A former NYPD narcotics detective snared in a corruption scandal testified it was common practice to fabricate drug charges against innocent people to meet arrest quotas.

The bombshell testimony from Stephen Anderson is the first public account of the twisted culture behind the false arrests in the Brooklyn South and Queens narc squads, which led to the arrests of eight cops and a massive shakeup.

Anderson, testifying under a cooperation agreement with prosecutors, was busted for planting cocaine, a practice known as “flaking,” on four men in a Queens bar in 2008 to help out fellow cop Henry Tavarez, whose buy-and-bust activity had been low.

Go read the whole story.

Video: The Morality of Torturing Terrorists and Criminals

Sep 202011

In Sunday’s Rationally Selfish Webcast, I discussed the morality of torturing terrorists and criminals. The question was:

Is it moral to torture criminals and/or terrorists? We supposedly were able to track down Osama Bin Laden with information obtained by torturing captured Al Qaeda prisoners. Is it moral to torture criminals, terrorists or other evildoers to gain useful information to fight crime or help win a war? If so, should there be any limits on when and how torture should be used by the government?

Here’s the video of my answer:

If you like it, please share it! Also, all my webcast and other videos can be found on my YouTube channel.

Be Grateful for the Hard Questions in Police Investigations

Aug 192011

In the course of preparing for my recent webcast question on the morality of police lying to suspects, I realized that something is deeply wrong with the standard portrayals in crime dramas of the victim’s loved ones.

In those crime dramas, the friends and family of a murder victim are often deeply offended by any suspicion by the police that they might have committed the crime, often to the point of refusing to cooperate after being questioned in a vigorous way. Perhaps that rarely happens in real life: perhaps that’s just a device that television writers like to use to heighten conflict. However, if it does happen, then I think that’s a serious mistake on the part of those people. It’s a failure to understand the epistemic context of the police (and prosecutors) in a criminal investigation.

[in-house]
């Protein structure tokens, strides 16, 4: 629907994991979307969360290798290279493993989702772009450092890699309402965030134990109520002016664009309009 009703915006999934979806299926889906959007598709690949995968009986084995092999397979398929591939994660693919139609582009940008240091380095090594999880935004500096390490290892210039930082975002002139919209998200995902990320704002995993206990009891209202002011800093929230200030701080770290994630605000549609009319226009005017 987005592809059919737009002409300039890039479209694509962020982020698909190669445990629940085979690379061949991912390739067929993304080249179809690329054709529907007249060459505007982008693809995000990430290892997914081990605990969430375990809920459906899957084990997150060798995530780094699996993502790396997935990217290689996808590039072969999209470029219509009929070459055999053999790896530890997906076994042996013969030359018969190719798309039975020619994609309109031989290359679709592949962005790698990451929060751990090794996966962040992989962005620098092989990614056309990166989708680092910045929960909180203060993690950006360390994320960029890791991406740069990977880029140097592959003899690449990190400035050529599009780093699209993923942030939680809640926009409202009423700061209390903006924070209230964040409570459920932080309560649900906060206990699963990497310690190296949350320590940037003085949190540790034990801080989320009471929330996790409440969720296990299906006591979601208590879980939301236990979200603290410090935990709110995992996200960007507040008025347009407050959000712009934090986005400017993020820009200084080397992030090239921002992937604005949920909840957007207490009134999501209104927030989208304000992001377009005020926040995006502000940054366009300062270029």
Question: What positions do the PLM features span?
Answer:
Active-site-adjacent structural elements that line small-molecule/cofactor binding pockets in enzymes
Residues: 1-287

As I mentioned in the webcast, police officers face a daunting task in any investigation, particularly a murder investigation. Without any ability to speak to the murder victim, they must insert themselves into his life, then extract relevant information from a slew of strangers, many of whom will be unreliable, if not flatly dishonest.

People truly mourning for the murder victim — as opposed to any criminals in their midst — should want justice to be done. They should want the police to catch the killer. As a result, they should want the police to conduct a vigorous and thorough investigation, including of the people close to the victim. Simply based on the natural trajectory of an investigation, plus the statistics on who kills who, the police ought to begin their investigation with the person’s intimate family and friends. And for the police, no one should be above suspicion.

Hence, the people closest to the victim should expect — and even want — to be questioned. They shouldn’t want the police to assume that “no mother would kill her son” and “the wife cried, so she wouldn’t have killed her husband.” Instead, these people should want the police to suspicious of them until provided with some fact-based reasons not to be suspicious. They should want the police to dig — and sometimes, that will require asking uncomfortable, difficult, or pointed questions. Sometimes, that will require lying to test the statement of a witness too.

Undoubtedly, that would be terribly difficult to endure, particularly in the wake of a tragic death. Still, true friends and family should be grateful for a vigorous investigation, so long as the police are ultimately concerned with doing justice. To do otherwise is to ignore the police’s context of knowledge. The police can only learn about the nature and quality of the victim’s relationships by prying into them, and they know that the murderer (if among them) will resist that by feigning grief and lying about crucial facts. Sometimes, the police must press hard to separate the innocent from the guilty — and that’s right and proper! Even people in mourning should recognize that.